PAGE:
If you’re just browsing and want a quick answer, Castrol EDGE full synthetic is the best high mileage oil. I noticed increased power and reduced engine noise.
I can remember my father telling me when I was still in elementary school: If you took care of a car, a good one would last you 100,000 miles.
It’s interesting to note that my father always traded in his vehicles once they hit the 50K mark. I can remember thinking that putting 100,000 miles on a vehicle would take forever.
I quickly discovered how fast you can rack up those miles, after putting 300,000 on a work vehicle within about 18 months.
When I worked for a car manufacturer, I noticed many of the mechanics had older vehicles in which they used a high mileage motor oil. I often wondered if they were worth the extra money.
|Valvoline High Mileage with MaxLife Technology SAE 5W-30 Synthetic Blend Motor Oil 5 QT||Prime||Buy on Amazon|
|Pennzoil High Mileage Conventional 5W-20 Motor Oil for Vehicles Over 75K Miles (5-Quart, Single-Pack)||Prime||Buy on Amazon|
|Royal Purple ROY11748 HMX SAE 5W-30 High-Mileage Synthetic Motor Oil - 5 qt.||Prime||Buy on Amazon|
|AmazonBasics High Mileage Motor Oil, Full Synthetic, SN Plus, dexos1-Gen2, 5W-30, 5 Quart||Prime||Buy on Amazon|
|Top||Castrol 03128C EDGE High Mileage 5W-30 Advanced Full Synthetic Motor Oil, 5 quart,Black||Prime||Buy on Amazon|
Do High Mileage Oils Make any Difference?
My father was right about one thing. Regular maintenance, especially oil changes, was vital for keeping a car on the road as long as possible.
With the average car owner keeping their cars, SUVs, and trucks for an average of 11.8 years, those vehicles must have packed on some serious mileage. This got me thinking. Do those high mileage oils have any real value or were they simply a marketing scheme?
What is a high mileage vehicle? That would depend on who you ask, but many say somewhere in the area of 75-100,000K. Many modern vehicles easily reach 200K. Maybe a high mileage oil would make a difference.
The Basics of Motor Oil
In addition to lubricating and cooling the engine, motor oil plays a vital part in keeping the engine clean. It also prevents rubber seals from drying out.
This is why engine oils contain additives, some as much as 30 percent of the overall weight of the oil. When it comes to high mileage oils, you can bet that they have extra additives.
Those extra additives include:
Seal Conditioners – Time and mileage, combined with the heat generated by the motor, will cause seals and gaskets to become hard and brittle. This makes them shrink and no longer seal the motor like before. The seal conditioners used in high mileage oils are designed to soften these parts and make them swell a bit. This helps them to perform the way they did before. It won’t make your car run like new, but you should notice a difference.
Anti-Wear Additives – These bond to the metal surfaces in the motor which prevents excessive wear.
Extra Detergents – It might sound strange to think of detergent in your motor oil. Without this, the filter would not be able to remove all the sludge and contaminants that are in the motor. A clean motor runs much cooler, and more efficiently.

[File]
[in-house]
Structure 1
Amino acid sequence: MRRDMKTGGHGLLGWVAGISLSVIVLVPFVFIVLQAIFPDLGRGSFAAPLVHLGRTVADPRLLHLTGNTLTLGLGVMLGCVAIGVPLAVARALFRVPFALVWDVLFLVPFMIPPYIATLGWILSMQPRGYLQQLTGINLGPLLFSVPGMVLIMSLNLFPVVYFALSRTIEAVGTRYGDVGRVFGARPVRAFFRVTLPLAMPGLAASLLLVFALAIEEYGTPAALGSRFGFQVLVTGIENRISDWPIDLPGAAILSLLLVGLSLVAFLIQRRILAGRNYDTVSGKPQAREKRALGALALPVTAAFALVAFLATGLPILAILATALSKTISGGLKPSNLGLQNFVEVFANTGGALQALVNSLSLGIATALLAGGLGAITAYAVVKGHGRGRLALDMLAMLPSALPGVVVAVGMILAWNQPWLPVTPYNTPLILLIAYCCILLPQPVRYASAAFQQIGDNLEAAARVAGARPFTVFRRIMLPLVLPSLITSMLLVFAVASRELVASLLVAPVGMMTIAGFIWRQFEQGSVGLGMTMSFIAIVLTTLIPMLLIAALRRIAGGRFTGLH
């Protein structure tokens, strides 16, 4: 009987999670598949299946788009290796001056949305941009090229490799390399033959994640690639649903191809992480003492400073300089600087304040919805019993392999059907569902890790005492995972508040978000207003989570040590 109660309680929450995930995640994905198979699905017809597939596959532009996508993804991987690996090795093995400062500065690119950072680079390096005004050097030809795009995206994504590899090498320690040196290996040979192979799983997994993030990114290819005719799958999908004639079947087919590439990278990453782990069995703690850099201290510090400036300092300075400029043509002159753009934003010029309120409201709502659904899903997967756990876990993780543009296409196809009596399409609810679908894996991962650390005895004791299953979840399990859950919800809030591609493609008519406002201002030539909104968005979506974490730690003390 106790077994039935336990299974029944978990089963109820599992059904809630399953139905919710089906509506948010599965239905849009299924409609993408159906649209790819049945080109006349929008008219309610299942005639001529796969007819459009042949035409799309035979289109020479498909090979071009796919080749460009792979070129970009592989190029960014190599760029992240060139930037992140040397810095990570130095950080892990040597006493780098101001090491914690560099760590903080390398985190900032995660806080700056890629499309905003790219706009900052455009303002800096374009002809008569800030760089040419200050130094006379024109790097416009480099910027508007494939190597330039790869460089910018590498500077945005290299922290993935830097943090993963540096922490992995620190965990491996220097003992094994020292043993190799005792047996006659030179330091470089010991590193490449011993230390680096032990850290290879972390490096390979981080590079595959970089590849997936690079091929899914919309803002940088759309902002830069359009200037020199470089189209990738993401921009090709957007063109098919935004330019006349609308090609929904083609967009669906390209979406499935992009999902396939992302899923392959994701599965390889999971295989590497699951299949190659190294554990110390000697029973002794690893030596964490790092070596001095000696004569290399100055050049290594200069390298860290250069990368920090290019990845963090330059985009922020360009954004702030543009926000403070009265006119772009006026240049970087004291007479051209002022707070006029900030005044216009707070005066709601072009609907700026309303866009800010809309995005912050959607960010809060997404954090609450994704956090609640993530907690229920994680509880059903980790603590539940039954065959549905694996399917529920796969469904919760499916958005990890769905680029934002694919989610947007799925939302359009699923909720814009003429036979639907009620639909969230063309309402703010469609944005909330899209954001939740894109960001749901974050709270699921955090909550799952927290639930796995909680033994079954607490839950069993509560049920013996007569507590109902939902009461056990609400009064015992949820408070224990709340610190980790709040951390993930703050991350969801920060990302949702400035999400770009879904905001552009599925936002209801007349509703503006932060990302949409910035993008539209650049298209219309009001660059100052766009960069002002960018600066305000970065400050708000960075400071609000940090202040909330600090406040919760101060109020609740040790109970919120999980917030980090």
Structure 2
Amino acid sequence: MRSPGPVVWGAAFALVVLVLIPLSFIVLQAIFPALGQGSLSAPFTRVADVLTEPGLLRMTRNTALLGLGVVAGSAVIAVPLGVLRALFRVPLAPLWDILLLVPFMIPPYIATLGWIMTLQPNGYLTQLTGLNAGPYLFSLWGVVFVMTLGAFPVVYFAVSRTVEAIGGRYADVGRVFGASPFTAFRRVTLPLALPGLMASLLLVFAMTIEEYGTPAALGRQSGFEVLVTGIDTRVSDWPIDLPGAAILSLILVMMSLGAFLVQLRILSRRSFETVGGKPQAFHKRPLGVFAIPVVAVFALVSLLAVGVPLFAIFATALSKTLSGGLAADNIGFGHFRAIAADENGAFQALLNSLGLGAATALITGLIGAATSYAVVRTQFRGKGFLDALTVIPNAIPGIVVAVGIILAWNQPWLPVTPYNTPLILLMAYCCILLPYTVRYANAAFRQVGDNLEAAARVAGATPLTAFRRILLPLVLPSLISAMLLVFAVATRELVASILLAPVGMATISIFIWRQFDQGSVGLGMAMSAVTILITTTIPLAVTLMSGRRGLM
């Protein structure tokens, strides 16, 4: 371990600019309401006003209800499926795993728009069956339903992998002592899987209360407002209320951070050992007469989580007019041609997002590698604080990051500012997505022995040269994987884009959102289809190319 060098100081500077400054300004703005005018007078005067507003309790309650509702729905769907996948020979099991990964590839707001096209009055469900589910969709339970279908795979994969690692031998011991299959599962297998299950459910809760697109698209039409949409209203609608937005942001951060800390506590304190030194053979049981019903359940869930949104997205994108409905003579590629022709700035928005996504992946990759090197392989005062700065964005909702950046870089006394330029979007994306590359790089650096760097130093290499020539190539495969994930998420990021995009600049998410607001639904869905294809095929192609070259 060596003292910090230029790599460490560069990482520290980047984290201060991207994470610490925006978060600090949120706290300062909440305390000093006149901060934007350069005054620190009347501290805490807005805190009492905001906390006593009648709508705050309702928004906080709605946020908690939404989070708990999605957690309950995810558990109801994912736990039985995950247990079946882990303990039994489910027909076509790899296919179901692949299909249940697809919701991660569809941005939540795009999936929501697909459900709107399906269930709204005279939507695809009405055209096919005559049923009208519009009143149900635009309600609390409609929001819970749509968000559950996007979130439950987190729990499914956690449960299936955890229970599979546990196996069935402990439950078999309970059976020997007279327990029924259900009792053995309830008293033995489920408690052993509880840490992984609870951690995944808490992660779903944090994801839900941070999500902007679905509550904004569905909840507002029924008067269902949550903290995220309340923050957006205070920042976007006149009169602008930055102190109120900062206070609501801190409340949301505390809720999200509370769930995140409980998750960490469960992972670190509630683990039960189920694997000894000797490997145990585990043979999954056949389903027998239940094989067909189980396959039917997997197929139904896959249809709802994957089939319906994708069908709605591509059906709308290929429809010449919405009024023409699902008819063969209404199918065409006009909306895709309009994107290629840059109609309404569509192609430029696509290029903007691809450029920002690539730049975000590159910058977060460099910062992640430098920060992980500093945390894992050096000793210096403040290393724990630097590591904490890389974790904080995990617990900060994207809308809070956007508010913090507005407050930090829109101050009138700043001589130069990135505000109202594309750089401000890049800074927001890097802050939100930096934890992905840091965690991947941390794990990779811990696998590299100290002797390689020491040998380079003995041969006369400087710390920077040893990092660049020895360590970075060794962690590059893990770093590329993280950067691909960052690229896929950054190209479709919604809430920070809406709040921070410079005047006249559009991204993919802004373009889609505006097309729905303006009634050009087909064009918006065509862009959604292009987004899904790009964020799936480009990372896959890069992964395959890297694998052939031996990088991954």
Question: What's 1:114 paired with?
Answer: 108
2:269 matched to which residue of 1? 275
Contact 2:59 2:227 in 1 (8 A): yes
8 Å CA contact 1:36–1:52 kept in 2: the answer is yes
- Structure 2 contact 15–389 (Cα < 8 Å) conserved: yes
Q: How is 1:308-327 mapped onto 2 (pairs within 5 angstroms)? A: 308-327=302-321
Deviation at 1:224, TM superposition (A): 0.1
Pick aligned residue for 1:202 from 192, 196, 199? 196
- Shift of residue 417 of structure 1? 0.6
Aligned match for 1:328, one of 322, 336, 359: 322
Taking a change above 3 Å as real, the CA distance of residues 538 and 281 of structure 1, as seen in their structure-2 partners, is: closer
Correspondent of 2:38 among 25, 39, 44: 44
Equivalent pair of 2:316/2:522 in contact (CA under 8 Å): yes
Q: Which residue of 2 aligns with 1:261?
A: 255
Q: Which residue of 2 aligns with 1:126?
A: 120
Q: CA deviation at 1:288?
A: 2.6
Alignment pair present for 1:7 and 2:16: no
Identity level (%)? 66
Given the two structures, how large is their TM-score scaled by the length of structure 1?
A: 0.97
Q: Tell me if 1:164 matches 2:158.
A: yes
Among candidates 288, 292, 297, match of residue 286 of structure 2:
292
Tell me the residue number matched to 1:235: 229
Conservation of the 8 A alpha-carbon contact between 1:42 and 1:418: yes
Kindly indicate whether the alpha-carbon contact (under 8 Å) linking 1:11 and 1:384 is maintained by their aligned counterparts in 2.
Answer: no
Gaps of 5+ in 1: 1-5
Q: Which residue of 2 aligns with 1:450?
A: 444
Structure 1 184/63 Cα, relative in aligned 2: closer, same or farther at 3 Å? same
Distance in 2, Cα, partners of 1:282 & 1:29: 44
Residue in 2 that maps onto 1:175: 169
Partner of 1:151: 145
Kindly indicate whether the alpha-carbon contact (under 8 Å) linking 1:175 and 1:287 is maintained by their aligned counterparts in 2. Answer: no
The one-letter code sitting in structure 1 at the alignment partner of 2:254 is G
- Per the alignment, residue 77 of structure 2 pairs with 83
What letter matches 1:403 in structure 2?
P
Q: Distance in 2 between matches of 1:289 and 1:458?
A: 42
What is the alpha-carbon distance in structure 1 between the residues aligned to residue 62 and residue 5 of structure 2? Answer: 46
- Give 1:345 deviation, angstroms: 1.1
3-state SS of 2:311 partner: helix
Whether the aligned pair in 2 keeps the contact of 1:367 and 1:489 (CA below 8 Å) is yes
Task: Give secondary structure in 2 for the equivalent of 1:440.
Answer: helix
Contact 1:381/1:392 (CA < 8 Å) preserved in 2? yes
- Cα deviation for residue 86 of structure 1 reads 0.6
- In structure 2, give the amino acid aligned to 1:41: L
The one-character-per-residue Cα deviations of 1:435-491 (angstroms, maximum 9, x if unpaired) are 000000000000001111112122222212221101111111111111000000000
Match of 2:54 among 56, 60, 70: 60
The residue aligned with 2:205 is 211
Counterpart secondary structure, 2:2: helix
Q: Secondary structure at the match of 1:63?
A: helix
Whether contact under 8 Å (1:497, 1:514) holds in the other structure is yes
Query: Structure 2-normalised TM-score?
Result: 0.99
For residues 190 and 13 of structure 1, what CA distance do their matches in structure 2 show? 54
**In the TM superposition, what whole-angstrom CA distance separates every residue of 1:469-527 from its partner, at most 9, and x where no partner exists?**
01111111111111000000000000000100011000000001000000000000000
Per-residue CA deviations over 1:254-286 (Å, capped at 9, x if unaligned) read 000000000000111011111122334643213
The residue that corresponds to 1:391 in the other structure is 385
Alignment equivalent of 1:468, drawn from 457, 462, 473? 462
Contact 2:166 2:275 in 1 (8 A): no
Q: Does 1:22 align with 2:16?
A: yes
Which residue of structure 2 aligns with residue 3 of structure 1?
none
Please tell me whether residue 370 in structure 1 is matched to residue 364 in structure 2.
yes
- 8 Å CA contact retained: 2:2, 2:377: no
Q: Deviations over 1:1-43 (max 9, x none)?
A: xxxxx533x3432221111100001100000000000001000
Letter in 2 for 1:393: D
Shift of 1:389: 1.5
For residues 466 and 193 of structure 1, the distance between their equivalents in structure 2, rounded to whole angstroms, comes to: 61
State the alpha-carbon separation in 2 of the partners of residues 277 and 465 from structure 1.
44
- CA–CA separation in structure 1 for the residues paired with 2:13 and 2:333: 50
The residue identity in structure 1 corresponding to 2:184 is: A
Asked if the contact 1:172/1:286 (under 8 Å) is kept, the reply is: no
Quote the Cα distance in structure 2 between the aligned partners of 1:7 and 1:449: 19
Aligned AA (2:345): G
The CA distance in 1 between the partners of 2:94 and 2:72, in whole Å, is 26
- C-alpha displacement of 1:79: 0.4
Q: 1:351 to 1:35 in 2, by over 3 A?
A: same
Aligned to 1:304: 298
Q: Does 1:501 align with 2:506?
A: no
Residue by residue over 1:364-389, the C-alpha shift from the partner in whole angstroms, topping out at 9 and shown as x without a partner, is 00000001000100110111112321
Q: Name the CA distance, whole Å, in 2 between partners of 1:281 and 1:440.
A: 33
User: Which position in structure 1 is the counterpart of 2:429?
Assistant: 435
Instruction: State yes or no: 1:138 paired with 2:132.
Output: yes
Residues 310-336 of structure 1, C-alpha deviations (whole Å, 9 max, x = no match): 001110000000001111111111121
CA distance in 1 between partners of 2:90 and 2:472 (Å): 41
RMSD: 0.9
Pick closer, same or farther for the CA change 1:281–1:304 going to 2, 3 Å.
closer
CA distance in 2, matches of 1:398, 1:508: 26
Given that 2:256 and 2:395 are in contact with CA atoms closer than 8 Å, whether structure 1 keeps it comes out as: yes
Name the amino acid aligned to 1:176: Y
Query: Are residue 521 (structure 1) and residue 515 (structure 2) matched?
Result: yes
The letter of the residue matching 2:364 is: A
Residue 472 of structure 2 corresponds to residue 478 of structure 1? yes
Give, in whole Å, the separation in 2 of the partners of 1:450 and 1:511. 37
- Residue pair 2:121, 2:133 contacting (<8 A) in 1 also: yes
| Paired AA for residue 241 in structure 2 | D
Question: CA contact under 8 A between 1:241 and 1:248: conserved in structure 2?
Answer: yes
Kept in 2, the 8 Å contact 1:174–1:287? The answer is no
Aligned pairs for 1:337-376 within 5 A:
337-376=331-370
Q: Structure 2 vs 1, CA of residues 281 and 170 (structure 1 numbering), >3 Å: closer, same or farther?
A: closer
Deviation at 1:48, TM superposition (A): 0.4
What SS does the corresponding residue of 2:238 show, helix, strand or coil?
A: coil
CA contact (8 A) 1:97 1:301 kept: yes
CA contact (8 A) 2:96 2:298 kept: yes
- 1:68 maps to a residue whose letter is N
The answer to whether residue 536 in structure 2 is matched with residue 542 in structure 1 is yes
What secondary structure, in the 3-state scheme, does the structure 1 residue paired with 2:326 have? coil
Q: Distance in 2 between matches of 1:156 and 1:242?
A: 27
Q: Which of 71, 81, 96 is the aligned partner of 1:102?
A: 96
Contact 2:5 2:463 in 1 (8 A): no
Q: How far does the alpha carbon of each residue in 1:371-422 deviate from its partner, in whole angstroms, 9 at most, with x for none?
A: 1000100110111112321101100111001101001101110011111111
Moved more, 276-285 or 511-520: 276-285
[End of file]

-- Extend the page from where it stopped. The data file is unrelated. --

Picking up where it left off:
There are Limitations to High Mileage Oil
A high mileage oil is great at preventing minor oil leaks due to leaking seals. It gives your motor a little extra power and helps it to last a bit longer. It’s important to note that these oils do have limitations.
A high mileage oil will not solve major engine problems, such as worn rings, rod knock, blow-by, or piston slap. These types of problems require major engine repair.
I’ve tried many of these high mileage oils. I have seen them stop some minor oil burning (smoke out the tailpipe). Some even stop some very minor leaks, such as from a rear main seal. But if you are adding a quart of oil every other day, don’t think any of these oils will solve those problems.
Valvoline High Mileage
This is a synthetic blend motor oil that is available in the weights that most cars use, including 10W-30 and 10W-40.
Valvoline is a well-known name and the one my father used, coincidentally. It contains seal conditioners, extra detergents, and wear protectors. What I found interesting was that it also contained antioxidants. I always thought of antioxidants for the human body. But when used in motor oil, it prevents the oil from breaking down and leaving deposits.
Valvoline considers any engine with 75K to be high mileage. First off, I loved being able to buy this in a 5-quart bottle with a no-glug tube. That glug, glug, glug always makes me spill some oil, so this little thing made my day right at the get-go. I have used this oil and I can vouch that it keeps seals and gaskets pliable.
This oil gets plenty of positive reviews on all the major online sites and it’s easy to see why. Many people state that this oil stopped minor oil leaks. Some noted that it took a minimum of 2 oil changes to feel any real difference in power.
- It will keep seals and gaskets pliable
- It stops minor oil leaks
- The “no glug” 5-quart jug is a small but nice addition.
- It might take 2 or more oil changes to feel the results.
- Some complain that the oil smells burned after only 3,000 miles.
- This is a synthetic oil blend and is not recommended for all makes and models.